American consumers are willing to pay more for locally produced foods and want companies to provide more sustainable food options, according to a new study conducted by Cone Communications Research, Boston.
The study, 2014 Cone Communications Food Issues Trend Tracker, shows that family satisfaction reigns supreme (97%) and shoppers consider health and nutrition (93%) and sustainability (77%) important factors when deciding what foods to buy. A number of specific health and sustainability issues rose to the top as most important when hitting the grocery aisles, including food safety (93%) and nutritional value (92%).
But, at least two-thirds of Americans prioritize a variety of other issues as significant factors in deciding what makes it into the shopping cart, including:
• 74% locally produced
• 69% sustainable packaging
• 69% animal welfare
• 67% non-GMO
• 65% protects and renews natural resources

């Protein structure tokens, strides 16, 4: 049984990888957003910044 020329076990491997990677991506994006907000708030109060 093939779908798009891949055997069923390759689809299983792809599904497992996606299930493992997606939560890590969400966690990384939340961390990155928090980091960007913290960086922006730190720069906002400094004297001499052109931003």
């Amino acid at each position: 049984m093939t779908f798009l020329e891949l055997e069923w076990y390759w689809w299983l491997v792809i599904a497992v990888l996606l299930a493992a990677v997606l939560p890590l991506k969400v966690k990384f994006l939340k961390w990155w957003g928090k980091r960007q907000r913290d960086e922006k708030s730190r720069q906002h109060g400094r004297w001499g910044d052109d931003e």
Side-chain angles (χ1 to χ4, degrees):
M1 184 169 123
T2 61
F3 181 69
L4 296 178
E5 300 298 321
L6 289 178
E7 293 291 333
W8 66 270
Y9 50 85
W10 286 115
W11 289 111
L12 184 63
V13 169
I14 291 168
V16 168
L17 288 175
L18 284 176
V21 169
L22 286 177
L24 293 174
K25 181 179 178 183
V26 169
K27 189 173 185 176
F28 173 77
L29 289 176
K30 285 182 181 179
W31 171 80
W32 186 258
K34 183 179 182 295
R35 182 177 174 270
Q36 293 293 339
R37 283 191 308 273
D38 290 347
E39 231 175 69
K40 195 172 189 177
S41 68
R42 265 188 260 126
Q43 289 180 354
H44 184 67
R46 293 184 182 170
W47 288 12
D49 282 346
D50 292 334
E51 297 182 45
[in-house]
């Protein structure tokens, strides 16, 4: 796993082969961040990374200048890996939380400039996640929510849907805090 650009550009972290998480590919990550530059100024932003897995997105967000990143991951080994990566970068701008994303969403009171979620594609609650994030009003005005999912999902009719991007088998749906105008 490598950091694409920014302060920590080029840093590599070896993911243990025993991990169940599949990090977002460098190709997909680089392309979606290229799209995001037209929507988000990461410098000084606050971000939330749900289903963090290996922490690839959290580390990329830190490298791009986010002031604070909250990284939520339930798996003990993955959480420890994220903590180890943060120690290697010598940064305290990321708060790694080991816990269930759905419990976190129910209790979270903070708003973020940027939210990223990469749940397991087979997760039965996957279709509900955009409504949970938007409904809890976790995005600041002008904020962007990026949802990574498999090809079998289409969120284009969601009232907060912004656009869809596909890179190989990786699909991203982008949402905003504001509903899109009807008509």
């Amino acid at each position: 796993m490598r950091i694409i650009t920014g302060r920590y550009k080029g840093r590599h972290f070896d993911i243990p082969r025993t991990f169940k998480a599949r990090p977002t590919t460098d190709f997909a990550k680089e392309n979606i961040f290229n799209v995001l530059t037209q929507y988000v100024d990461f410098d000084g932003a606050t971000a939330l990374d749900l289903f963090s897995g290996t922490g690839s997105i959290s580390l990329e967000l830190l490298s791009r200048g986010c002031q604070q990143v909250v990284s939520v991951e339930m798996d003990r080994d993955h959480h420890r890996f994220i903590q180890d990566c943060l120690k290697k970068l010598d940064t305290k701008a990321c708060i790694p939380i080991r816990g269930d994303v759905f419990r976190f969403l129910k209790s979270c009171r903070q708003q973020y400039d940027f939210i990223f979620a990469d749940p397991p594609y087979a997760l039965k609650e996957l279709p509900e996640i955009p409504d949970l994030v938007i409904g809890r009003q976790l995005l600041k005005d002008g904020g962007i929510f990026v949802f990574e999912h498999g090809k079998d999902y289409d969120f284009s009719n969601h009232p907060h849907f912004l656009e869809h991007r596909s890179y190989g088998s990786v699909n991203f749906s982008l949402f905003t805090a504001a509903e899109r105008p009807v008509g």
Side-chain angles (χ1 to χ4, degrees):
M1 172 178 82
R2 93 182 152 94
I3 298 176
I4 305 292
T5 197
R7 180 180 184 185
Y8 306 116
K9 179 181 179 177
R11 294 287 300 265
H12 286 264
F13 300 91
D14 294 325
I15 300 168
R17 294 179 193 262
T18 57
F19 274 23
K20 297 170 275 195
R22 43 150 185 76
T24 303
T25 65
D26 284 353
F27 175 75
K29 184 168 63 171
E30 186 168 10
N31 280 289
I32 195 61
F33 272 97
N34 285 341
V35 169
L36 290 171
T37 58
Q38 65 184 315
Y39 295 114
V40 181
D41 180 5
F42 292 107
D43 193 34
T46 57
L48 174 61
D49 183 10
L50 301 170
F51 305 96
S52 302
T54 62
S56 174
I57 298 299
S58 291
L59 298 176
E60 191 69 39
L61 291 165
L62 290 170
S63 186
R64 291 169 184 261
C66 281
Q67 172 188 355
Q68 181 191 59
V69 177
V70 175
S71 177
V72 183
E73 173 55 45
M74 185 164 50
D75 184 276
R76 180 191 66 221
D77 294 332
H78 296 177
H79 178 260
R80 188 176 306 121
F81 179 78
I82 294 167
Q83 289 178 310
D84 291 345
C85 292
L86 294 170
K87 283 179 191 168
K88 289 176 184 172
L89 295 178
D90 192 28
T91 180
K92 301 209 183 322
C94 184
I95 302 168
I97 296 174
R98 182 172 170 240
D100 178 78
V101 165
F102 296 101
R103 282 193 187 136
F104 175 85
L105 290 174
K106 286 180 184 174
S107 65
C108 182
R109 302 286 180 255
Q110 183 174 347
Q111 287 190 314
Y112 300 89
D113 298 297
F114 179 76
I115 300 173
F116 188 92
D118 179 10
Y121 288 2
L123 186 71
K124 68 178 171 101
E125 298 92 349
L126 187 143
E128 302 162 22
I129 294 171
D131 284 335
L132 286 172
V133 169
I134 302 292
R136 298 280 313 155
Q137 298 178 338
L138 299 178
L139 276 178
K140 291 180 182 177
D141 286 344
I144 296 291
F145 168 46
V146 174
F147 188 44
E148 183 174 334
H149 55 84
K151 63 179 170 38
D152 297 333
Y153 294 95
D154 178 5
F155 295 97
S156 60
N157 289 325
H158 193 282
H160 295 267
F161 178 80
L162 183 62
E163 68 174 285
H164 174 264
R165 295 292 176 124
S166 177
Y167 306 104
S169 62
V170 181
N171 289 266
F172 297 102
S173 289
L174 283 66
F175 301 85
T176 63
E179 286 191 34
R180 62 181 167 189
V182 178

Consumers are willing to pay more to eat local
Nearly nine out of 10 Americans (89%) consider where a product is produced when making food purchasing decisions, and two-thirds (66%) would pay more for food that is produced close to home. Although locally sourced food provides environmental, economic and health benefits, consumers state supporting local businesses (64%) is the primary reason for buying local.
Other motives include:
• 39% believes the taste and quality of the product is better
• 31% has more trust in the standards for locally produced foods than other regions or countries
• 28% believes the products are healthier
• 26% thinks it's better for the environment when food doesn't travel as far
Americans' convictions are so strong in their commitment to purchase locally produced foods that nearly half (46%) would sacrifice variety to do so.
"As the local food movement goes mainstream, it's not just about the 'mom and pop shop' or farm stand. Even large companies have a role to talk about where they source food and the respective impacts on local communities," says Alison DaSilva, executive vice president, Cone Communications. "Using local as a broader value proposition helps companies of all sizes talk about the social and environmental benefits of responsible sourcing."
Americans seek sustainable food options to help the world and themselves